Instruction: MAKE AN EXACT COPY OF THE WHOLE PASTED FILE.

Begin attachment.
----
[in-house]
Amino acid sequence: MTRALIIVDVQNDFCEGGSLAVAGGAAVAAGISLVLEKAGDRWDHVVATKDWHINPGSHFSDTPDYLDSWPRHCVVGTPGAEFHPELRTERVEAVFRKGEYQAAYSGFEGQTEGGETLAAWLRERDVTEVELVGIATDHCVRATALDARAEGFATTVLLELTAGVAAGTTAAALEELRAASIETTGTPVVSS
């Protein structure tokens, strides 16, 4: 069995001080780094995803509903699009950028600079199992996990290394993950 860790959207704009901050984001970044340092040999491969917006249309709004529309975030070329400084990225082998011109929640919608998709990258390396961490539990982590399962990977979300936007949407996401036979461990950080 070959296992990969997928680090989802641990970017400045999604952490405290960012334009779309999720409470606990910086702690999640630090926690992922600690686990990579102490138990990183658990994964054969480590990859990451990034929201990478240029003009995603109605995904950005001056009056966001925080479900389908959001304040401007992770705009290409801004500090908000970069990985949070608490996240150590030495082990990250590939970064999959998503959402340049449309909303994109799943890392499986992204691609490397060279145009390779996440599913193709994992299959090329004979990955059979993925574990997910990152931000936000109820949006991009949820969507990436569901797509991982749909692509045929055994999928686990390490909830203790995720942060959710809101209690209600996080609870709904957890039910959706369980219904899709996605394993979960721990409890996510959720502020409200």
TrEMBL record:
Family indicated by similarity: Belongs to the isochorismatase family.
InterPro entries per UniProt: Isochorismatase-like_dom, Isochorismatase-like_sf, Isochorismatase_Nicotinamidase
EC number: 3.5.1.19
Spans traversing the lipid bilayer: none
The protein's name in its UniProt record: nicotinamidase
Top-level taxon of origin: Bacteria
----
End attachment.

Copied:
[in-house]
Amino acid sequence: MTRALIIVDVQNDFCEGGSLAVAGGAAVAAGISLVLEKAGDRWDHVVATKDWHINPGSHFSDTPDYLDSWPRHCVVGTPGAEFHPELRTERVEAVFRKGEYQAAYSGFEGQTEGGETLAAWLRERDVTEVELVGIATDHCVRATALDARAEGFATTVLLELTAGVAAGTTAAALEELRAASIETTGTPVVSS
């Protein structure tokens, strides 16, 4: 069995001080780094995803509903699009950028600079199992996990290394993950 860790959207704009901050984001970044340092040999491969917006249309709004529309975030070329400084990225082998011109929640919608998709990258390396961490539990982590399962990977979300936007949407996401036979461990950080 070959296992990969997928680090989802641990970017400045999604952490405290960012334009779309999720409470606990910086702690999640630090926690992922600690686990990579102490138990990183658990994964054969480590990859990451990034929201990478240029003009995603109605995904950005001056009056966001925080479900389908959001304040401007992770705009290409801004500090908000970069990985949070608490996240150590030495082990990250590939970064999959998503959402340049449309909303994109799943890392499986992204691609490397060279145009390779996440599913193709994992299959090329004979990955059979993925574990997910990152931000936000109820949006991009949820969507990436569901797509991982749909692509045929055994999928686990390490909830203790995720942060959710809101209690209600996080609870709904957890039910959706369980219904899709996605394993979960721990409890996510959720502020409200």
TrEMBL record:
Family indicated by similarity: Belongs to the isochorismatase family.
InterPro entries per UniProt: Isochorismatase-like_dom, Isochorismatase-like_sf, Isochorismatase_Nicotinamidase
EC number: 3.5.1.19
Spans traversing the lipid bilayer: none
The protein's name in its UniProt record: nicotinamidase
Top-level taxon of origin: Bacteria